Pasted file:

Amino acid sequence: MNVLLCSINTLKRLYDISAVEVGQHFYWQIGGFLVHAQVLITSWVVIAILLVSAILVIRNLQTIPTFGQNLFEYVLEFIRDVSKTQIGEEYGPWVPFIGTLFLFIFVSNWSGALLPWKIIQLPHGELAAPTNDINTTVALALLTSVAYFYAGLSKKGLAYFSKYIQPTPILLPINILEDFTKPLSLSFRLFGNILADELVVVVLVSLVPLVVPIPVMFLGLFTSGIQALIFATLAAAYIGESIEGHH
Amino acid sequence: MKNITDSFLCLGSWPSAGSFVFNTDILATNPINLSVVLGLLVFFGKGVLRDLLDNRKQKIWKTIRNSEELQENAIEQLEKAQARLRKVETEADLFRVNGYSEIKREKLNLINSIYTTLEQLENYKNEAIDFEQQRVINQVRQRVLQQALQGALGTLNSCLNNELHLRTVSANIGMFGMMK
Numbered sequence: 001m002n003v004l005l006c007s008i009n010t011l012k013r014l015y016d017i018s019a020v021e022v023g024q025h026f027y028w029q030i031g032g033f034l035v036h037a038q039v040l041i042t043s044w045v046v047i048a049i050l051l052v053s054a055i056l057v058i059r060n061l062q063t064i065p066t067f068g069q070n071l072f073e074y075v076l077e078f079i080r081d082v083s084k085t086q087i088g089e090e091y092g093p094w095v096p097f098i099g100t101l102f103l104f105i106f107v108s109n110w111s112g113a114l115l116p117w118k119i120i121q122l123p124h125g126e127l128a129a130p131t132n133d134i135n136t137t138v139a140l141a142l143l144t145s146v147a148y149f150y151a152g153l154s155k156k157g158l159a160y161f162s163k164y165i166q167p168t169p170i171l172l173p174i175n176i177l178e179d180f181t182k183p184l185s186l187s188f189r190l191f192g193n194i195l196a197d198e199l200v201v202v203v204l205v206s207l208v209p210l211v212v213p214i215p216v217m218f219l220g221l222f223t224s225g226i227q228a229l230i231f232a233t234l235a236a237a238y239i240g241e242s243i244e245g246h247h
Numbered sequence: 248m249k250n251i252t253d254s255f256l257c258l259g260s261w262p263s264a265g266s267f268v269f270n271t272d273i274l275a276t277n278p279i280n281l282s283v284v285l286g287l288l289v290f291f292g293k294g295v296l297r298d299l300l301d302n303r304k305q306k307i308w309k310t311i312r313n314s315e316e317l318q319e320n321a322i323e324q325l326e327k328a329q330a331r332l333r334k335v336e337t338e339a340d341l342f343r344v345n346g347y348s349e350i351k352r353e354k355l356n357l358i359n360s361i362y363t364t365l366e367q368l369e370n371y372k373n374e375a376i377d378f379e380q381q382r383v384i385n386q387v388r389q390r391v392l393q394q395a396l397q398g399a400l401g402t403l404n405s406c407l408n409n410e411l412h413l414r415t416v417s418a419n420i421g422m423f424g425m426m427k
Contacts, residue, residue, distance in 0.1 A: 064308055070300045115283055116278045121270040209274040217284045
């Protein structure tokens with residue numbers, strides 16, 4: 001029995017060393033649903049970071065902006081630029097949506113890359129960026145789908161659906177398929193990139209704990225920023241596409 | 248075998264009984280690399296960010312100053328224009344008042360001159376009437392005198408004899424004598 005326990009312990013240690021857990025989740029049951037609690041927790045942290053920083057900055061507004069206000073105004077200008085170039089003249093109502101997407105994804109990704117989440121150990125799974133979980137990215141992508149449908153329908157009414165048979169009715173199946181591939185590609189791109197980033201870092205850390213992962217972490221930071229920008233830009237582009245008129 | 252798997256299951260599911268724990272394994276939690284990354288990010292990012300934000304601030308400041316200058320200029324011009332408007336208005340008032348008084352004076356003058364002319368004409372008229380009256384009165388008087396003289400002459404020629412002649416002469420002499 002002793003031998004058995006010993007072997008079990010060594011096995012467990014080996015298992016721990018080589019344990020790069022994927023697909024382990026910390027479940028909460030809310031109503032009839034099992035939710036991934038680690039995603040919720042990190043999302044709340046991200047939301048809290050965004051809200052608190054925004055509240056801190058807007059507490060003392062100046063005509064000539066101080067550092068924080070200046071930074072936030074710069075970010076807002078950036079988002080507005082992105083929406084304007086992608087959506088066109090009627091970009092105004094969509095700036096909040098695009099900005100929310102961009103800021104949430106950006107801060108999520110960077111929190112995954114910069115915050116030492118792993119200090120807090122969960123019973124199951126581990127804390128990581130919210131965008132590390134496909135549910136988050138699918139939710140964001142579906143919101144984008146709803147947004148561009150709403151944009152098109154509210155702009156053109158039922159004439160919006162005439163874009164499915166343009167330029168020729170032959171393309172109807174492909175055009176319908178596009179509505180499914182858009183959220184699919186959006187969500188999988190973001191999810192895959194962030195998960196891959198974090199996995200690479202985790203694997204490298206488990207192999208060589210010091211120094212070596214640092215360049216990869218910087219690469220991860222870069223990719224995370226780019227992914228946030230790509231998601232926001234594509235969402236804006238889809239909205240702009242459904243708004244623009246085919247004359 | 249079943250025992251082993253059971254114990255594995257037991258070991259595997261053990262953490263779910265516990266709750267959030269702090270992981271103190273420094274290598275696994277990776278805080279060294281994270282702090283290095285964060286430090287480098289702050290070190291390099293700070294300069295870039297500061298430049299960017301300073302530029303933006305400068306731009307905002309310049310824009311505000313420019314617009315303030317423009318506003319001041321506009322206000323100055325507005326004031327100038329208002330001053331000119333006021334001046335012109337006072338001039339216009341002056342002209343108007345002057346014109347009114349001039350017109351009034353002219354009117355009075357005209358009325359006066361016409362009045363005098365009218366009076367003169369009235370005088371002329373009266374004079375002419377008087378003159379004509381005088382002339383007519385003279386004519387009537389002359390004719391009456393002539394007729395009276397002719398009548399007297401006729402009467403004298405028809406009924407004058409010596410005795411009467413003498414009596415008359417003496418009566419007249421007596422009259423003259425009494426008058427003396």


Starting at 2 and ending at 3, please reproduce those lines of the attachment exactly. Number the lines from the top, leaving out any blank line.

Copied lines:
Amino acid sequence: MKNITDSFLCLGSWPSAGSFVFNTDILATNPINLSVVLGLLVFFGKGVLRDLLDNRKQKIWKTIRNSEELQENAIEQLEKAQARLRKVETEADLFRVNGYSEIKREKLNLINSIYTTLEQLENYKNEAIDFEQQRVINQVRQRVLQQALQGALGTLNSCLNNELHLRTVSANIGMFGMMK
Numbered sequence: 001m002n003v004l005l006c007s008i009n010t011l012k013r014l015y016d017i018s019a020v021e022v023g024q025h026f027y028w029q030i031g032g033f034l035v036h037a038q039v040l041i042t043s044w045v046v047i048a049i050l051l052v053s054a055i056l057v058i059r060n061l062q063t064i065p066t067f068g069q070n071l072f073e074y075v076l077e078f079i080r081d082v083s084k085t086q087i088g089e090e091y092g093p094w095v096p097f098i099g100t101l102f103l104f105i106f107v108s109n110w111s112g113a114l115l116p117w118k119i120i121q122l123p124h125g126e127l128a129a130p131t132n133d134i135n136t137t138v139a140l141a142l143l144t145s146v147a148y149f150y151a152g153l154s155k156k157g158l159a160y161f162s163k164y165i166q167p168t169p170i171l172l173p174i175n176i177l178e179d180f181t182k183p184l185s186l187s188f189r190l191f192g193n194i195l196a197d198e199l200v201v202v203v204l205v206s207l208v209p210l211v212v213p214i215p216v217m218f219l220g221l222f223t224s225g226i227q228a229l230i231f232a233t234l235a236a237a238y239i240g241e242s243i244e245g246h247h